Venezuela: Oil Workers on Strike : LUSENET : Grassroots Information Coordination Center (GICC) : One Thread

Nando Times

Oil workers in Venezuela on strike

By ALEXANDRA OLSON, Associated Press

CARACAS, Venezuela (March 28, 2001 12:30 p.m. EST) - Ignoring pleas by President Hugo Chavez's government, tens of thousands of workers in Venezuela's crucial oil industry went on strike Wednesday to demand salary increases.

Venezuela, the world's third largest oil exporter and a major supplier to the United States, says it can sustain a strike for seven days before exports are affected.

Union leaders claimed 92 percent of 40,000 workers adhered to the strike. The government oil monopoly Petroleos de Venezuela SA, or PDVSA, said only a "minority" of workers stayed home and insisted that operations weren't affected.

"At this time of day we are operating totally normally, " said monopoly President Gen. Guaicapuro Lameda. "Our clients can count on receiving supplies."

Lameda called the strike illegal and urged workers to return to their jobs. The government earned $6 billion last year - about 40 percent of its income - from the oil monopoly.

Workers earn an average of $484 a month and are demanding a 15 percent pay raise granted to public employees last year by presidential decree. PDVSA argues the decree didn't include oil workers.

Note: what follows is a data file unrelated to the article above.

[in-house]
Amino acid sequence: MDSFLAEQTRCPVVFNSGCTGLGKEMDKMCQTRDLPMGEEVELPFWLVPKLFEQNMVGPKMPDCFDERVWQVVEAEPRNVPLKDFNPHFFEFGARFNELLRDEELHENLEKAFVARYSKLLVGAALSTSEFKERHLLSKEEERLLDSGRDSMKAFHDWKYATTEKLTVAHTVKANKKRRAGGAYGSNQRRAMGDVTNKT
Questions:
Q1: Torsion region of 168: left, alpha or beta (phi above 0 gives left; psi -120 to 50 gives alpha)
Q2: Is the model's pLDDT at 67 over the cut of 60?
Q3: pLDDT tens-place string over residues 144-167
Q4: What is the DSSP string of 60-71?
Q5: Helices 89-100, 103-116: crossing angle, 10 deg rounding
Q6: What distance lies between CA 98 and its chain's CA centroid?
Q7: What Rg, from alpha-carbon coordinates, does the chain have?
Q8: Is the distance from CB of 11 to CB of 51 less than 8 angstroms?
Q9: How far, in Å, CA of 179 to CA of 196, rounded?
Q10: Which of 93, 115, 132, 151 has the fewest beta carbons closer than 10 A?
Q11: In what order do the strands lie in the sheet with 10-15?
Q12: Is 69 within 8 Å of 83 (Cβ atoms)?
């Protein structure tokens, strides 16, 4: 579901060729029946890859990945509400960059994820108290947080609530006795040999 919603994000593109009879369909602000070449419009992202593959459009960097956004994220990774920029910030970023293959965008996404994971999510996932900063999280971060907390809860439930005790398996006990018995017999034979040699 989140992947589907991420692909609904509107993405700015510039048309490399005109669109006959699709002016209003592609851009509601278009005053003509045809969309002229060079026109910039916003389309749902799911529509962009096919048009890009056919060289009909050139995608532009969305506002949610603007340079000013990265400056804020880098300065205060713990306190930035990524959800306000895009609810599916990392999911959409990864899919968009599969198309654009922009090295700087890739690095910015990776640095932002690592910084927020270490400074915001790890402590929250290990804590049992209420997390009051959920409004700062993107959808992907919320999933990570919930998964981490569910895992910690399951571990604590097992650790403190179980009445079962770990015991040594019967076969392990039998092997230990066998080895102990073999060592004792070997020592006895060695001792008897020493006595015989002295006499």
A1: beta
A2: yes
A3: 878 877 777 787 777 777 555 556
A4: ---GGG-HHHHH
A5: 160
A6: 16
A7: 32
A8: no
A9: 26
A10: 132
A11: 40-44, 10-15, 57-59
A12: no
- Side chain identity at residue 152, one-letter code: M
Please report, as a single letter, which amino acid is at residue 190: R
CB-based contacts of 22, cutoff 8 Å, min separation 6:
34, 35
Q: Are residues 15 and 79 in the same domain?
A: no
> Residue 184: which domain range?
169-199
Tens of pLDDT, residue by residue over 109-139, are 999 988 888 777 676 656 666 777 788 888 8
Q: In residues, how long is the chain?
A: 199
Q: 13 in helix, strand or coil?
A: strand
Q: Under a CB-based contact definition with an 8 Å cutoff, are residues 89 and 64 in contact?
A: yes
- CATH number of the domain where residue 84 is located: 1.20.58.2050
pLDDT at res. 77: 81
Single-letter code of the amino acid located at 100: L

In October, oil workers paralyzed the industry for four days to protest frozen collective bargaining talks. The walkout forced PDVSA to cede to almost all union demands. Workers received a 60 percent pay raise and other benefits that pushed up the production cost of the Venezuelan barrel by 70 cents .

In an effort to prevent this week's strike, PDVSA had agreed to let oil workers keep a $2,800 bonus that the company had previously argued was an advance it offered during contract negotiations.

Government officials claimed the strike was a political maneuver by Venezuela's entrenched opposition-aligned labor leaders. Chavez is seeking to oust those leaders in union elections later this year.

"It's completely absurd and has no moral, economic or ethical base," said Interior Minister Luis Miquilena. "They are trying to create a completely artificial conflictive situation in the country."

Venezuela's trade unions are the last power bastion of two traditional political parties that the populist Chavez trounced in 1998 elections. His government, which inherited billions of dollars in unpaid pensions and pay raises for state workers, has faced continual labor unrest.

Public school teachers on Wednesday also walked off the job for the third time this year to protest the government's failure to negotiate a new contract and honor a pay raise promised in October. Steel workers threatened to go on strike late Wednesday.

-- Rachel Gibson (, March 28, 2001

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